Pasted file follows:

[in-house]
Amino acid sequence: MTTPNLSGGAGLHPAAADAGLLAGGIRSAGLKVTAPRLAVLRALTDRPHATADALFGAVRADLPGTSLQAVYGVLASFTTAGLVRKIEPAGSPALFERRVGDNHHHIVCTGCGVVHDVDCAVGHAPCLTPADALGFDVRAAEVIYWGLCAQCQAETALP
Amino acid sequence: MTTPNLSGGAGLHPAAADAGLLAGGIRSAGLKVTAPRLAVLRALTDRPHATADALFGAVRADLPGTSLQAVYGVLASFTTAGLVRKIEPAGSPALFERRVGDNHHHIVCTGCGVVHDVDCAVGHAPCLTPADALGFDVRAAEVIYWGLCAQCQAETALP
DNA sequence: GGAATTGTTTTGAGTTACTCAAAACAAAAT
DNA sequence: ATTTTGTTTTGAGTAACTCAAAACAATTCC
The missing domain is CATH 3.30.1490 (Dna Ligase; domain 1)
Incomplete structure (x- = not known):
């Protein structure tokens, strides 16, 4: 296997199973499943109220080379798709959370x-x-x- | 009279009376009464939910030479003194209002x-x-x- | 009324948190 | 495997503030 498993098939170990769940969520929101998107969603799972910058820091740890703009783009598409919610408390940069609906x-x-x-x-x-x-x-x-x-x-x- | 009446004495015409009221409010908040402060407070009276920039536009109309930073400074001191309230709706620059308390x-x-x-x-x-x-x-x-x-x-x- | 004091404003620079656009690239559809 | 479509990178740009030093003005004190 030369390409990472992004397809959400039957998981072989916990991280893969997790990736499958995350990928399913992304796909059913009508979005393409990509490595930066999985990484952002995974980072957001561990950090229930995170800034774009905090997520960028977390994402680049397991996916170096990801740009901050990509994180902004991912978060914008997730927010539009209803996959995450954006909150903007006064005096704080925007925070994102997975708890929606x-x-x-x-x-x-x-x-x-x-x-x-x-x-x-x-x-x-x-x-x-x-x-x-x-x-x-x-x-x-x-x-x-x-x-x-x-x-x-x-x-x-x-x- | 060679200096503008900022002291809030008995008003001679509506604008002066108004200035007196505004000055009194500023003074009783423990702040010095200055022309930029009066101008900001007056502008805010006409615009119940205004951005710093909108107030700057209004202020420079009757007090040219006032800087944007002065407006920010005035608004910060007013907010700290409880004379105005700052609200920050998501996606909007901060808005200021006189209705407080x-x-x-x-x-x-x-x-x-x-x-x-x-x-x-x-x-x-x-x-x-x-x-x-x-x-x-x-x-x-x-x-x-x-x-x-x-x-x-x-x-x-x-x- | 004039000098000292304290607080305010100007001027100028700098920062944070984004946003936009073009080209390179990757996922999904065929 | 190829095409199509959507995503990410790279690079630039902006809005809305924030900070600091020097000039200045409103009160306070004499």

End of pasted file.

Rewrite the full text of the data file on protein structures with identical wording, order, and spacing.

[in-house]
Amino acid sequence: MTTPNLSGGAGLHPAAADAGLLAGGIRSAGLKVTAPRLAVLRALTDRPHATADALFGAVRADLPGTSLQAVYGVLASFTTAGLVRKIEPAGSPALFERRVGDNHHHIVCTGCGVVHDVDCAVGHAPCLTPADALGFDVRAAEVIYWGLCAQCQAETALP
Amino acid sequence: MTTPNLSGGAGLHPAAADAGLLAGGIRSAGLKVTAPRLAVLRALTDRPHATADALFGAVRADLPGTSLQAVYGVLASFTTAGLVRKIEPAGSPALFERRVGDNHHHIVCTGCGVVHDVDCAVGHAPCLTPADALGFDVRAAEVIYWGLCAQCQAETALP
DNA sequence: GGAATTGTTTTGAGTTACTCAAAACAAAAT
DNA sequence: ATTTTGTTTTGAGTAACTCAAAACAATTCC
The missing domain is CATH 3.30.1490 (Dna Ligase; domain 1)
Incomplete structure (x- = not known):
């Protein structure tokens, strides 16, 4: 296997199973499943109220080379798709959370x-x-x- | 009279009376009464939910030479003194209002x-x-x- | 009324948190 | 495997503030 498993098939170990769940969520929101998107969603799972910058820091740890703009783009598409919610408390940069609906x-x-x-x-x-x-x-x-x-x-x- | 009446004495015409009221409010908040402060407070009276920039536009109309930073400074001191309230709706620059308390x-x-x-x-x-x-x-x-x-x-x- | 004091404003620079656009690239559809 | 479509990178740009030093003005004190 030369390409990472992004397809959400039957998981072989916990991280893969997790990736499958995350990928399913992304796909059913009508979005393409990509490595930066999985990484952002995974980072957001561990950090229930995170800034774009905090997520960028977390994402680049397991996916170096990801740009901050990509994180902004991912978060914008997730927010539009209803996959995450954006909150903007006064005096704080925007925070994102997975708890929606x-x-x-x-x-x-x-x-x-x-x-x-x-x-x-x-x-x-x-x-x-x-x-x-x-x-x-x-x-x-x-x-x-x-x-x-x-x-x-x-x-x-x-x- | 060679200096503008900022002291809030008995008003001679509506604008002066108004200035007196505004000055009194500023003074009783423990702040010095200055022309930029009066101008900001007056502008805010006409615009119940205004951005710093909108107030700057209004202020420079009757007090040219006032800087944007002065407006920010005035608004910060007013907010700290409880004379105005700052609200920050998501996606909007901060808005200021006189209705407080x-x-x-x-x-x-x-x-x-x-x-x-x-x-x-x-x-x-x-x-x-x-x-x-x-x-x-x-x-x-x-x-x-x-x-x-x-x-x-x-x-x-x-x- | 004039000098000292304290607080305010100007001027100028700098920062944070984004946003936009073009080209390179990757996922999904065929 | 190829095409199509959507995503990410790279690079630039902006809005809305924030900070600091020097000039200045409103009160306070004499």